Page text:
New York

Marco Brambilla

When I meet someone at the airport, especially for an international flight, I like to get there early to watch the influx of people at the arrival gate. The intermundial character of air travel, its uncanny evocations of birth and death and limbo, make for a lot of psychic drama, and it’s all so clearly legible, flickering on the faces of travelers: relief, exhaustion, anxiety, bewilderment, joy. Watch enough people emerge into the airport’s cold netherworld and strange things start to happen: Everyone begins to look both identical and like people you know, at once interchangeable and unique. Once, waiting for my mother to come in from Italy at JFK, I found myself thinking: Couldn’t any of these people be my mother?

Perhaps I got there a bit too early that time. In any case, I was delighted to find that the centerpiece of Marco Brambilla’s recent show, a video installation entitled Approach (all works 1999), is a love song to this kind of airport voyeurism. A nine-minute loop shown on four DVD monitors, it presents slow-motion footage of one traveler after another, their heads and shoulders appearing first on the far right monitor then moving across the other three in sequence, only to be replaced by another traveler on the far right monitor. (In fact, the same loop plays on all four screens, with a two-second delay between them, creating this sense of movement.)

Culled from fourteen hours of footage taken surreptitiously via telephoto lens at JFK, Approach has the virtue of frontal simplicity, allowing viewers to gawk their fill and wonder at the familiar strangeness of the arrivals bouncing dreamily into view. It’s a kind of non-narrative cinema verité. Thus, Approach seems, on the one hand, bolstered by the noble conviction that ordinary people are plenty fascinating, especially when there’s the peculiarly unifying context of the arrival gate’s placelessness. On the other hand (and this is perhaps because of the high production values as well as a tendency on Brambilla’s part to include the more glamorous of the anonymous), Approach has the feel of a fashion video playing in Bloomingdale’s. But the installation’s ominous sound track, a blend of Ligeti and ambient sound recorded at Charles de Gaulle and JFK, nurtures an atmosphere at once vertiginous and chilly, tipping the balance in favor of the Dantean over the chic.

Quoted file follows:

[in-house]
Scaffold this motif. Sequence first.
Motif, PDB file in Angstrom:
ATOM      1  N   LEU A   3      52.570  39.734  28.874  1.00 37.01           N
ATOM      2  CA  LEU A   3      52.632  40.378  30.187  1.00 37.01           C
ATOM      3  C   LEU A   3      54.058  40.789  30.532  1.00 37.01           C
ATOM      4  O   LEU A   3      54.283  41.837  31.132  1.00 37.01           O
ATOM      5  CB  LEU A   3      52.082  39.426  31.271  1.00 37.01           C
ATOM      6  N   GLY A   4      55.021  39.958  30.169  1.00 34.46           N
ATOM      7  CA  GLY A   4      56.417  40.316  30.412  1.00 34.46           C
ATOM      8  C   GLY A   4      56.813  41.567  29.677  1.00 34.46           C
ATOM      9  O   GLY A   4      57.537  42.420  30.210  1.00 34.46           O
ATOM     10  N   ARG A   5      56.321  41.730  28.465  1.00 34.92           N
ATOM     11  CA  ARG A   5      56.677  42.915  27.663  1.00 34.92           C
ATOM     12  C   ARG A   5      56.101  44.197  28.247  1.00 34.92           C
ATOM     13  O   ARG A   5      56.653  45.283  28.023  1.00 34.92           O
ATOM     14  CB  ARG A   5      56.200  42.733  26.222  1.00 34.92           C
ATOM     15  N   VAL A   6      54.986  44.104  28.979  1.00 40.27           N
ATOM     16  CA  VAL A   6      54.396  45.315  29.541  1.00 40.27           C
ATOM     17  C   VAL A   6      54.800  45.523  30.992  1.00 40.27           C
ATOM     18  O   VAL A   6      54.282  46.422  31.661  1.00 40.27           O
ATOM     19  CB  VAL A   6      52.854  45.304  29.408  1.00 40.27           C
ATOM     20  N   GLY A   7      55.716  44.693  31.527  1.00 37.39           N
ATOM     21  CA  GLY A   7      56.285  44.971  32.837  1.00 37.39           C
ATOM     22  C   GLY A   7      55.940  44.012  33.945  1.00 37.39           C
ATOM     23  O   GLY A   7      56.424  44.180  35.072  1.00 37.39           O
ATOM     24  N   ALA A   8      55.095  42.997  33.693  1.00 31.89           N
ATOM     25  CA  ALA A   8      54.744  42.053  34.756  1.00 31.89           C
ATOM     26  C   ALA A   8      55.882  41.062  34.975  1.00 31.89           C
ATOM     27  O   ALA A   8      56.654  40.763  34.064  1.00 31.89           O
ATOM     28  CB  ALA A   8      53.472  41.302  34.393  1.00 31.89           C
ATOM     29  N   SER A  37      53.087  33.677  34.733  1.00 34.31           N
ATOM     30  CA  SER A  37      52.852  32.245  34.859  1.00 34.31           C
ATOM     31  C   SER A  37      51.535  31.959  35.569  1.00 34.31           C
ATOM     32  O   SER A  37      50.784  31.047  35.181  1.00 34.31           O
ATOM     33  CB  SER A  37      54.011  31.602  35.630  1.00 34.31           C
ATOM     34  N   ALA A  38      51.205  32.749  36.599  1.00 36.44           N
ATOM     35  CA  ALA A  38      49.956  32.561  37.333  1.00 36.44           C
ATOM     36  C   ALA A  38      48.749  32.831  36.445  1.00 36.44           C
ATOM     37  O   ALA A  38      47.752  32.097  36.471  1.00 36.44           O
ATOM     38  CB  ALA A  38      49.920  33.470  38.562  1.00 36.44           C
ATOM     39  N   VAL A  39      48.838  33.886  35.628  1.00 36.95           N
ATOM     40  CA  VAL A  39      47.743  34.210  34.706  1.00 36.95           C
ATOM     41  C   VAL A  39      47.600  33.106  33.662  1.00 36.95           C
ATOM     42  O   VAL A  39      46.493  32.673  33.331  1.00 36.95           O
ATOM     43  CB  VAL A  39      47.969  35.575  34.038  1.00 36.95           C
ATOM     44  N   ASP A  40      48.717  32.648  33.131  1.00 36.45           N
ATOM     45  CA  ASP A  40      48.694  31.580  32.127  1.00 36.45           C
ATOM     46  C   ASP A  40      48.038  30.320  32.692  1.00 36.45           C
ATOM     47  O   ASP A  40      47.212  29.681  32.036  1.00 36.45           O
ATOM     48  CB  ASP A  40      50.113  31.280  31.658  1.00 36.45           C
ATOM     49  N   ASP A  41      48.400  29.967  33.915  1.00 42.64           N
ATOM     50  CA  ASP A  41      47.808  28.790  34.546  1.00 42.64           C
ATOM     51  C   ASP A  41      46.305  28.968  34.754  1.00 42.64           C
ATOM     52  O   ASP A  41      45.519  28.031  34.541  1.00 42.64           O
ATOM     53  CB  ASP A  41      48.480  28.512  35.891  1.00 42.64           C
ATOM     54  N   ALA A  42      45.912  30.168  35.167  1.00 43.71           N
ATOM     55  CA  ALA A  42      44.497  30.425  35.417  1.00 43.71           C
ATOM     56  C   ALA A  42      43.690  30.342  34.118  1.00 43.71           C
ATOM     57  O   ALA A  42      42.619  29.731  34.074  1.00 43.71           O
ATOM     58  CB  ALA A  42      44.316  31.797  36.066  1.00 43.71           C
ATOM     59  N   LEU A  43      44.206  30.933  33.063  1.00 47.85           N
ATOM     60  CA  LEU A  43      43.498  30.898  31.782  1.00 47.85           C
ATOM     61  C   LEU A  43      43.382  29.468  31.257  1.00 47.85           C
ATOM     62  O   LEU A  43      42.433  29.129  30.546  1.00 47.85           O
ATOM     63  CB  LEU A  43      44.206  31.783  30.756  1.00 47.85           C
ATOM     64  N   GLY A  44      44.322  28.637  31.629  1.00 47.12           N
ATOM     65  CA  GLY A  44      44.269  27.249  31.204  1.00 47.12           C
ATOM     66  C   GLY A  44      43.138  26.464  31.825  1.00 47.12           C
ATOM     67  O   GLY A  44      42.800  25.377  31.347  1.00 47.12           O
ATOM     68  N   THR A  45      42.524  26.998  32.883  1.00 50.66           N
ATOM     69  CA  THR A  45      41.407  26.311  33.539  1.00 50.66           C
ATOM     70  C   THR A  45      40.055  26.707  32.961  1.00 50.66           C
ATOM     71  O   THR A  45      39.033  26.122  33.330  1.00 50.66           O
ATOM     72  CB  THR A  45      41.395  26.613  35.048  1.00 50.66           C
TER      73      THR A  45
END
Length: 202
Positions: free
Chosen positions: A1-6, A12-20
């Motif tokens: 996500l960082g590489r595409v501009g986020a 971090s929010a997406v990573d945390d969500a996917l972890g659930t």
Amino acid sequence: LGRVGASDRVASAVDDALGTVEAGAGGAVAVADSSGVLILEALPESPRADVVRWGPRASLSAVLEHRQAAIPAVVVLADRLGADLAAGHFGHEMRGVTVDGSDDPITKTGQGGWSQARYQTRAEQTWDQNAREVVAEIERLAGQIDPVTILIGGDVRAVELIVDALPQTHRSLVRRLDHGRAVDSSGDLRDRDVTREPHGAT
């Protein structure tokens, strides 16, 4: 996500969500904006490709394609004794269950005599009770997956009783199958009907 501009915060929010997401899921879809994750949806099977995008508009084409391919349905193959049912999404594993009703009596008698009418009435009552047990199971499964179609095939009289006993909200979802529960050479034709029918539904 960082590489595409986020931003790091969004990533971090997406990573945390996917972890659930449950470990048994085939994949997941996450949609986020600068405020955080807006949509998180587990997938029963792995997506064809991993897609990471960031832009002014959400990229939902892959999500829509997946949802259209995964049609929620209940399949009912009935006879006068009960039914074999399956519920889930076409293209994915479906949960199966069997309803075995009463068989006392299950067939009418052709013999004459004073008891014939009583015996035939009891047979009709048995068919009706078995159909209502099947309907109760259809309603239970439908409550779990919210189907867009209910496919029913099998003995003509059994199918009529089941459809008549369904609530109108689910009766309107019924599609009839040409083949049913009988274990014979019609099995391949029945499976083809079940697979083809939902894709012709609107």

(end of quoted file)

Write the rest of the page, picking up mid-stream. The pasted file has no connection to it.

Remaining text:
The other two pieces in the gallery’s small space were less ambitious, but both focused on the theme of airports and sustained the otherworldly tone set by Approach. Mounted on the wall, Getaway, a plastic tray of the airplane-dining sort, only better designed, had a built-in screen that played a two-and-a-half-minute loop of slow-motion footage of a plane’s descent to the skid-marked runway, as seen from the cockpit. Terminal was a large bleak Cibachrome photograph of an airport, taken from the air.

Brambilla, a Hollywood director (Demolition Man [1993], Excess Baggage [1997]), has also worked with Ridley Scott, whose preoccupation with surveillance and dystopia is certainly in evidence here. However, Brambilla’s subject matter, the airport, presented as a site of eerie metaphysical negotiation, brings to mind above all Chris Marker’s La Jetée (1962). But where Marker grafts a sense of romantic destiny onto the vast loneliness and erotics of airports, Brambilla just serves us loneliness straight.

Thad Ziolkowski